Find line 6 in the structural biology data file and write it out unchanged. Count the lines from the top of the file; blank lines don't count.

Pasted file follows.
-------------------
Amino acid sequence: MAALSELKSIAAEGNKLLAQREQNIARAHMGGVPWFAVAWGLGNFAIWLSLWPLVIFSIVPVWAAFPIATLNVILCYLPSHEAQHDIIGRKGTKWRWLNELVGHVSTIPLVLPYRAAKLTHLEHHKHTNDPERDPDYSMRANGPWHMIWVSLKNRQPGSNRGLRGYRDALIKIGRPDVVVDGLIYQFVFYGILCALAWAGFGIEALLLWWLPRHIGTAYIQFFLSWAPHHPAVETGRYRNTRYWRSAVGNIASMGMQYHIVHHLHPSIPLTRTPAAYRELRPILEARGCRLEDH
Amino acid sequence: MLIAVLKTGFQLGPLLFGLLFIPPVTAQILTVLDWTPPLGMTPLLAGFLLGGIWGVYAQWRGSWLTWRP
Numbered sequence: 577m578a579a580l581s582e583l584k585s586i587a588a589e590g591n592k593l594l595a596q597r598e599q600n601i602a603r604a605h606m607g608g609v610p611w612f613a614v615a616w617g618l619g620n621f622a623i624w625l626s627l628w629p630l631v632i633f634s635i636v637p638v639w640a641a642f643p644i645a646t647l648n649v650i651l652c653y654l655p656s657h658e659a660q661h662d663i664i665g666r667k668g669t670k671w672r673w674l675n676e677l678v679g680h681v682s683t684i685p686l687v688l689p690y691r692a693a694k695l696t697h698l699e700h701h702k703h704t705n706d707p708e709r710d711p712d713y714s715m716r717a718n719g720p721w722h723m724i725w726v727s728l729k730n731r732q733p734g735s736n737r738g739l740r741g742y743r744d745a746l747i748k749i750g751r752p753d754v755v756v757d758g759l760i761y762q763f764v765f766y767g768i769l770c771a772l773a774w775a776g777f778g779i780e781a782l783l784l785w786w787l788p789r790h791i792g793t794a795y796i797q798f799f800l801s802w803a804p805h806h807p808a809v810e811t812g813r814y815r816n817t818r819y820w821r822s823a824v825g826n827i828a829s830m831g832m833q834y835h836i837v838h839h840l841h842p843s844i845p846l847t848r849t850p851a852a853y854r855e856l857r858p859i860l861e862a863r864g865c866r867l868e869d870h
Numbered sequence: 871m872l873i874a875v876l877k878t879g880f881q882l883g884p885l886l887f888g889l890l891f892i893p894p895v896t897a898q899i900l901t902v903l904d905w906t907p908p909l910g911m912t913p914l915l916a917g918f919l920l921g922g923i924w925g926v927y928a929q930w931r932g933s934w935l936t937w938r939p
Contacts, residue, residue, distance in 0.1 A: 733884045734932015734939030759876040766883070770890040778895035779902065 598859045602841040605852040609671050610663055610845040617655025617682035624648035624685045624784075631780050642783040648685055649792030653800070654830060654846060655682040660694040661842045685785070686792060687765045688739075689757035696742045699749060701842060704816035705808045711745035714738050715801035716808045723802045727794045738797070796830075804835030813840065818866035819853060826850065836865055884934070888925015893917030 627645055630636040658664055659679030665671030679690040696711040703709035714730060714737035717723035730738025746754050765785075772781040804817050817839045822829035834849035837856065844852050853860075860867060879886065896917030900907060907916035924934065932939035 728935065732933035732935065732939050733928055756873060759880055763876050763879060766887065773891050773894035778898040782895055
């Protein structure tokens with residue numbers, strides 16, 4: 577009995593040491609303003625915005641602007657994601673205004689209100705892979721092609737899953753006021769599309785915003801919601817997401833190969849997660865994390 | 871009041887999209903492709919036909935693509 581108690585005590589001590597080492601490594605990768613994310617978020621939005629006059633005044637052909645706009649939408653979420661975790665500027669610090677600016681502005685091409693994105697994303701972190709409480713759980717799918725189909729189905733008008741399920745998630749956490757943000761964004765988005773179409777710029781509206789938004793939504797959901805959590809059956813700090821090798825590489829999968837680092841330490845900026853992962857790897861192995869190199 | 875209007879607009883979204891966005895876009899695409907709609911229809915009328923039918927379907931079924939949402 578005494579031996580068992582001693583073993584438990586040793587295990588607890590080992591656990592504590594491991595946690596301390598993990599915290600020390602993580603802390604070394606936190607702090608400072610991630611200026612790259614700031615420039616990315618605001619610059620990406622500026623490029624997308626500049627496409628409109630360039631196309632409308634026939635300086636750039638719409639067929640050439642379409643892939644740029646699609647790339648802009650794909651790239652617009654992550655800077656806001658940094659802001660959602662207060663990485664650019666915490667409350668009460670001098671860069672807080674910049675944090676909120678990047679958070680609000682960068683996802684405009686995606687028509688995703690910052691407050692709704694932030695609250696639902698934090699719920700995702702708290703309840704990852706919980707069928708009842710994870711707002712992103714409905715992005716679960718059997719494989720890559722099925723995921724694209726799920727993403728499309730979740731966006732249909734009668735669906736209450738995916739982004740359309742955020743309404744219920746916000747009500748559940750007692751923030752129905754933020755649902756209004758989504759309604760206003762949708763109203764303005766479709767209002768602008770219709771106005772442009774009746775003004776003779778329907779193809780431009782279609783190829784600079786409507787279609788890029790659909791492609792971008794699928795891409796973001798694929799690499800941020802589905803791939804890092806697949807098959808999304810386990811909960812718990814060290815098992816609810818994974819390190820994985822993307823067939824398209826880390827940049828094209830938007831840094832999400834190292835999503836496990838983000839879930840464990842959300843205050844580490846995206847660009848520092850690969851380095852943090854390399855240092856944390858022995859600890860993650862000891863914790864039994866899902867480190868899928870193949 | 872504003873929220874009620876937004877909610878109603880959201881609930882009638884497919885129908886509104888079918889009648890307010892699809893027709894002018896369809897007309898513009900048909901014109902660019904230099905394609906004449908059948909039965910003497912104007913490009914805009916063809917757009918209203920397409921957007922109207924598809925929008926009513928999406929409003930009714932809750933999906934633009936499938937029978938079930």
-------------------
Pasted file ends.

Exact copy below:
């Protein structure tokens with residue numbers, strides 16, 4: 577009995593040491609303003625915005641602007657994601673205004689209100705892979721092609737899953753006021769599309785915003801919601817997401833190969849997660865994390 | 871009041887999209903492709919036909935693509 581108690585005590589001590597080492601490594605990768613994310617978020621939005629006059633005044637052909645706009649939408653979420661975790665500027669610090677600016681502005685091409693994105697994303701972190709409480713759980717799918725189909729189905733008008741399920745998630749956490757943000761964004765988005773179409777710029781509206789938004793939504797959901805959590809059956813700090821090798825590489829999968837680092841330490845900026853992962857790897861192995869190199 | 875209007879607009883979204891966005895876009899695409907709609911229809915009328923039918927379907931079924939949402 578005494579031996580068992582001693583073993584438990586040793587295990588607890590080992591656990592504590594491991595946690596301390598993990599915290600020390602993580603802390604070394606936190607702090608400072610991630611200026612790259614700031615420039616990315618605001619610059620990406622500026623490029624997308626500049627496409628409109630360039631196309632409308634026939635300086636750039638719409639067929640050439642379409643892939644740029646699609647790339648802009650794909651790239652617009654992550655800077656806001658940094659802001660959602662207060663990485664650019666915490667409350668009460670001098671860069672807080674910049675944090676909120678990047679958070680609000682960068683996802684405009686995606687028509688995703690910052691407050692709704694932030695609250696639902698934090699719920700995702702708290703309840704990852706919980707069928708009842710994870711707002712992103714409905715992005716679960718059997719494989720890559722099925723995921724694209726799920727993403728499309730979740731966006732249909734009668735669906736209450738995916739982004740359309742955020743309404744219920746916000747009500748559940750007692751923030752129905754933020755649902756209004758989504759309604760206003762949708763109203764303005766479709767209002768602008770219709771106005772442009774009746775003004776003779778329907779193809780431009782279609783190829784600079786409507787279609788890029790659909791492609792971008794699928795891409796973001798694929799690499800941020802589905803791939804890092806697949807098959808999304810386990811909960812718990814060290815098992816609810818994974819390190820994985822993307823067939824398209826880390827940049828094209830938007831840094832999400834190292835999503836496990838983000839879930840464990842959300843205050844580490846995206847660009848520092850690969851380095852943090854390399855240092856944390858022995859600890860993650862000891863914790864039994866899902867480190868899928870193949 | 872504003873929220874009620876937004877909610878109603880959201881609930882009638884497919885129908886509104888079918889009648890307010892699809893027709894002018896369809897007309898513009900048909901014109902660019904230099905394609906004449908059948909039965910003497912104007913490009914805009916063809917757009918209203920397409921957007922109207924598809925929008926009513928999406929409003930009714932809750933999906934633009936499938937029978938079930």